Limerick misses out on €50k in funding after Public Participation Network stall

Jess Casey


Jess Casey

Limerick misses out on €50k after Public Participation Network stall

LIMERICK has gone without a functioning link between its Council and up to 400 members of local community, voluntary and environmental groups for more than a year.

A publicly funded project, Limerick’s Public Participation Network (PPN) was the only PPN in Ireland not to avail of €50,000 in Government funding last year, after it was stalled suddenly due to “governance issues”. 

PPNs, which connect local authorities with groups like Meals on Wheels, Tidy Towns, sports clubs, or cultural societies, aim to give citizens a greater say in local government decisions. 

“The situation is, that aside from one plenary meeting, no PPN activities took place in 2018,” PPN member Elisa O’Donovan said.  

“Members are in the situation now where we have no co-ordinator and no funding.” 

Limerick PPN is a core part of many policies when it comes to public participation in Limerick, Ms O’Donovan added. 

“It’s really poor from a civic engagement point of view.”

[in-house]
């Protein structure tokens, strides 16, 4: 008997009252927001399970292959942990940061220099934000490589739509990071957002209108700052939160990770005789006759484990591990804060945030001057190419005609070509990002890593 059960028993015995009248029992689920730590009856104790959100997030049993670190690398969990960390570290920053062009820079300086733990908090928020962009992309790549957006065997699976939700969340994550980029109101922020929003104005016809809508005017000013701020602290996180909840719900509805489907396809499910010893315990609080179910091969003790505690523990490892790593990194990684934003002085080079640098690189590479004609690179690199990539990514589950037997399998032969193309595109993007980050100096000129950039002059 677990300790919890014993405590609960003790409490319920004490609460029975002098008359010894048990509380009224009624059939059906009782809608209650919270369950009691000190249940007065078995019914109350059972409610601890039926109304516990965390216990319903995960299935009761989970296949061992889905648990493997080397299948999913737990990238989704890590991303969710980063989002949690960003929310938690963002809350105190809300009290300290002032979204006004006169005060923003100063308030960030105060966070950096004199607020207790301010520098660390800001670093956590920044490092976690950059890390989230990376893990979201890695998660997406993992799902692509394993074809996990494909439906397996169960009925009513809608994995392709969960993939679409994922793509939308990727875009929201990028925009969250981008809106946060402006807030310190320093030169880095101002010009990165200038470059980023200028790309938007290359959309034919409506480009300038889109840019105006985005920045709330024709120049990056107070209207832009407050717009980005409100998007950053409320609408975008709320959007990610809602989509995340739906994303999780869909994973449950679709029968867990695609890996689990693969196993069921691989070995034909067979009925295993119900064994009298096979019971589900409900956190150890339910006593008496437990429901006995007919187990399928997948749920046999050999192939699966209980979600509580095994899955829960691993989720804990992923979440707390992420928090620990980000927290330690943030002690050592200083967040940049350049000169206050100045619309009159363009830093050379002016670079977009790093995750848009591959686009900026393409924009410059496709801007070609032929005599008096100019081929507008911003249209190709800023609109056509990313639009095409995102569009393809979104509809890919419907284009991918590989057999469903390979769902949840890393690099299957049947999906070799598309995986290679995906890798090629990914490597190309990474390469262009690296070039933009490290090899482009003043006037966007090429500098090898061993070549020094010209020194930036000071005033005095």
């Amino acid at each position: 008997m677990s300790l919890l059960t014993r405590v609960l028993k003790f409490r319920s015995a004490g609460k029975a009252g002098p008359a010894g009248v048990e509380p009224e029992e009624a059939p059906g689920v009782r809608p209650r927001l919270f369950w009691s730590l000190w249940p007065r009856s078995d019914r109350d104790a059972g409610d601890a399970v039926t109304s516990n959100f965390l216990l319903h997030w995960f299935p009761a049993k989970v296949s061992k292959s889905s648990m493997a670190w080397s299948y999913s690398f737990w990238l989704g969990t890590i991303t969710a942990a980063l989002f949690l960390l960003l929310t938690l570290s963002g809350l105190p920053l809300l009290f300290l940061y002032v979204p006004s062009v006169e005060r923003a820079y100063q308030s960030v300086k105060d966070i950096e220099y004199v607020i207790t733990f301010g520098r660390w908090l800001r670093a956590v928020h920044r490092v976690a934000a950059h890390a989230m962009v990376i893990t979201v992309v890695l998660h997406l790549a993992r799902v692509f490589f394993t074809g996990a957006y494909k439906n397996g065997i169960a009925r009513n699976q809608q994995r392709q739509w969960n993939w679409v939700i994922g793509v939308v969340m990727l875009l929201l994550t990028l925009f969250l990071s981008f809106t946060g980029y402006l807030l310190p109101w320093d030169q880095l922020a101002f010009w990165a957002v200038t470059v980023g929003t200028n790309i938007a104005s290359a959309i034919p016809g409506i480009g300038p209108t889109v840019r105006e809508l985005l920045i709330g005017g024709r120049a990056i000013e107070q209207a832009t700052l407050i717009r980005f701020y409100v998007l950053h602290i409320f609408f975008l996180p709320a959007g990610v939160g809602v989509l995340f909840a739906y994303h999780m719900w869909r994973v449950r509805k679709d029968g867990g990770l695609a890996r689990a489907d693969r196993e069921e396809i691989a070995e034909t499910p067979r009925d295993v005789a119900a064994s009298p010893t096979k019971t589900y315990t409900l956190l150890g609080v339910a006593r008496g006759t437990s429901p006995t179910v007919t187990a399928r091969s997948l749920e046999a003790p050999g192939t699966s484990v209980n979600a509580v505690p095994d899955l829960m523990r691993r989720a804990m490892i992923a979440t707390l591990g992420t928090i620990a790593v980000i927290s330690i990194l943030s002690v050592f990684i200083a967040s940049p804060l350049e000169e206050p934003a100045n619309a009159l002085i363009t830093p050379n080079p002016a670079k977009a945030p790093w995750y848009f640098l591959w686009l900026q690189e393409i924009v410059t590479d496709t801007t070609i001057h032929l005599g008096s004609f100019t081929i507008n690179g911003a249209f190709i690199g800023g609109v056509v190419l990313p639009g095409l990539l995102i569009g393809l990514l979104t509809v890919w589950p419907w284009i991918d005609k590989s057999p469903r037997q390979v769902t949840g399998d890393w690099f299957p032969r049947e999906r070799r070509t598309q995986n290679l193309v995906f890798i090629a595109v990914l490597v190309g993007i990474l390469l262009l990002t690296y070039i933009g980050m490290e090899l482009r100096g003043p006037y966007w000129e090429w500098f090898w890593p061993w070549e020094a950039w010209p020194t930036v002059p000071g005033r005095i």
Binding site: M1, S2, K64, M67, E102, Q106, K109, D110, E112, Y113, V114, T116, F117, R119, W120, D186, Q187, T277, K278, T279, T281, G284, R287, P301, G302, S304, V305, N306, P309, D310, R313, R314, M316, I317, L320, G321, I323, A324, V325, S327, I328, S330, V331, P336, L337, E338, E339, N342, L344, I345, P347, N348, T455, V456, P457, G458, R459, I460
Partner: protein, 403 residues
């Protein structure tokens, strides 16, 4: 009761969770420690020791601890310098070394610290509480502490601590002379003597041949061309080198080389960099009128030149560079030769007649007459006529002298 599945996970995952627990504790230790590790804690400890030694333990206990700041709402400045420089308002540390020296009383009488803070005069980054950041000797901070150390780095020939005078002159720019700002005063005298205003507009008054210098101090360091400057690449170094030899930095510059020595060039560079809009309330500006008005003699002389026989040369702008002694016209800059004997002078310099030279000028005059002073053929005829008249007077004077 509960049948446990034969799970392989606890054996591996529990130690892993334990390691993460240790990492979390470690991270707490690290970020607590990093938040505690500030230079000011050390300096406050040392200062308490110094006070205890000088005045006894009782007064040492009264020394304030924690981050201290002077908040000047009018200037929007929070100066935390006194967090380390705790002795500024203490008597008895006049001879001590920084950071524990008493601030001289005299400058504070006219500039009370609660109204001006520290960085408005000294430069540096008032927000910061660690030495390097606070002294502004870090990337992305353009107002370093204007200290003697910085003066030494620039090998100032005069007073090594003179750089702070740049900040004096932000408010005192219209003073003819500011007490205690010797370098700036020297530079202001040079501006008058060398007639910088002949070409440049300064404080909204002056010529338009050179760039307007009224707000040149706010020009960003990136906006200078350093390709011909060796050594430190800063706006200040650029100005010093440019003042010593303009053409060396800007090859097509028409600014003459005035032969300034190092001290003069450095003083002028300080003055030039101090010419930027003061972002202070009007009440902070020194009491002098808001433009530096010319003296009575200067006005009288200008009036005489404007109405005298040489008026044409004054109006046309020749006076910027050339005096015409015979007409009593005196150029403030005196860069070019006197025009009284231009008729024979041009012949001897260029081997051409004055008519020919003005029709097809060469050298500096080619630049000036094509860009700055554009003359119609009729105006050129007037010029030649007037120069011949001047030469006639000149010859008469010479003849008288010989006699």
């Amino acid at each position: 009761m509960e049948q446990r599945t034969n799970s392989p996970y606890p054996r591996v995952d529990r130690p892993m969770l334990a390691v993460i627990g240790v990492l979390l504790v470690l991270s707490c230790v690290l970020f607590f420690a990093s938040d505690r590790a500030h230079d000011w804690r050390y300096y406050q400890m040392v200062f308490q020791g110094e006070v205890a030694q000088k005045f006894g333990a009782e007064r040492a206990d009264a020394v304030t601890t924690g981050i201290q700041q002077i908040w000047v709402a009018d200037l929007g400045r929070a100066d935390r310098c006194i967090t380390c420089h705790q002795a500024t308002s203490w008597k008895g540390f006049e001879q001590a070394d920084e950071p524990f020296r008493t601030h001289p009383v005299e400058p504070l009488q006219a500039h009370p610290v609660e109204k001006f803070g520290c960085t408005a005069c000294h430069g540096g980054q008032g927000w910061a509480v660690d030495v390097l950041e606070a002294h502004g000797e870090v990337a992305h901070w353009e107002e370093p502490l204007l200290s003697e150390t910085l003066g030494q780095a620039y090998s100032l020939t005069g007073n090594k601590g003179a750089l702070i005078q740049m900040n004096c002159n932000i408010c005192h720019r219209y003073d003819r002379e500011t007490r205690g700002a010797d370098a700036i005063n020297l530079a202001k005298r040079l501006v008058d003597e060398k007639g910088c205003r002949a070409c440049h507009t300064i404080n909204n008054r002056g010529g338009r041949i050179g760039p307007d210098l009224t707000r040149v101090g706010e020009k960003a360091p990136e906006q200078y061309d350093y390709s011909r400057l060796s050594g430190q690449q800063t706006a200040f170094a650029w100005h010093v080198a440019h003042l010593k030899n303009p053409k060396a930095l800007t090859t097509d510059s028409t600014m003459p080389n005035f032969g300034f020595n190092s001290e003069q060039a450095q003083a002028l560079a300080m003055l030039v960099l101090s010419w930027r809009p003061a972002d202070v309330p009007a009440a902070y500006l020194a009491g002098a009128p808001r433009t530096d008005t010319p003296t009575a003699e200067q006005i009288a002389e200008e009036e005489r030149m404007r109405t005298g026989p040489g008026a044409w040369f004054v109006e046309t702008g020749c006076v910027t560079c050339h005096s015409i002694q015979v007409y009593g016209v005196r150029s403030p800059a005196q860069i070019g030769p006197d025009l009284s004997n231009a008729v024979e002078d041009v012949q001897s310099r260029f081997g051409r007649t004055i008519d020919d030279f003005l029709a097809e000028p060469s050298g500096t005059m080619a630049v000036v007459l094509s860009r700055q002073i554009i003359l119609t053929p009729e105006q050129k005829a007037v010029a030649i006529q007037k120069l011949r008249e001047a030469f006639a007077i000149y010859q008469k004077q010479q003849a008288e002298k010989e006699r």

Last year, Limerick PPN did not receive €50,000 in funding available from the Department of Rural and Community Development. 

A further €30,000, available as a contribution from Limerick City and County Council (LCCC) was also not fully availed of, a LCCC spokesperson confirmed. 

Last February, this contribution from LCCC was stalled as an internal audit took place.

While the PPN is independent of the local authority, it receives its public funding from LCCC.

“Issues arose in relation to governance and decision making processes within the PPN and some PPN members advised the council of same,” the Council spokesperson said.

“This was completed and the findings were submitted to, and considered, by the internal audit committee and given to the PPN secretariat members.” 

The Limerick Leader understands that the findings of this audit have not been made publicly available. 

LCCC has been working with the PPN office to help deliver an “effective PPN for Limerick”, the spokesperson added. 

Last month, a working group met with the Department of Rural and Community Development. 

“A full report and recommendations of this independent working group will be presented to the PPN secretariat in due course,” the spokesperson added. 

“As the working group is independent of the Council we are unaware when these recommendation will be available.”